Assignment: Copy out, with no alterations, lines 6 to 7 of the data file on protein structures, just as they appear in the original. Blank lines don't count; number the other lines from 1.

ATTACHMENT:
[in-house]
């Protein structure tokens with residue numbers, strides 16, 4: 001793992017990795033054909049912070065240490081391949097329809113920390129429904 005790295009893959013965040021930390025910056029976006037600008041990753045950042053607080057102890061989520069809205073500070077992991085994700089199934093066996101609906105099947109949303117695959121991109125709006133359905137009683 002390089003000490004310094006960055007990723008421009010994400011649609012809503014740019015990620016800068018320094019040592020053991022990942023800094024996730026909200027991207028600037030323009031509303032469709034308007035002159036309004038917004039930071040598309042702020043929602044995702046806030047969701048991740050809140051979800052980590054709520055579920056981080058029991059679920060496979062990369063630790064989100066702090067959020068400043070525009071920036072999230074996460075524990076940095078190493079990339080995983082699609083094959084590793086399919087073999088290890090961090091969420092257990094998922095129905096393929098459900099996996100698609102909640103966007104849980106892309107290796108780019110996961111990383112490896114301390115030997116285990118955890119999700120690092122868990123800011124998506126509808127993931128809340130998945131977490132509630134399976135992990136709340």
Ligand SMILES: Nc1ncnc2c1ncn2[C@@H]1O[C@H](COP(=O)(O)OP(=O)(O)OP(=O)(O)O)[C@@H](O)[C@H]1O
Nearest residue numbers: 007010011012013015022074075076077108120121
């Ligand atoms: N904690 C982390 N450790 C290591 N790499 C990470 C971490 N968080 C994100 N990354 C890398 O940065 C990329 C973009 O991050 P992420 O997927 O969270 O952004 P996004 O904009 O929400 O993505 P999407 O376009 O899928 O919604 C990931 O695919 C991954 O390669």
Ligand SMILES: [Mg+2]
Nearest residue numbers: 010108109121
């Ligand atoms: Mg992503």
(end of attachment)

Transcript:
Ligand SMILES: [Mg+2]
Nearest residue numbers: 010108109121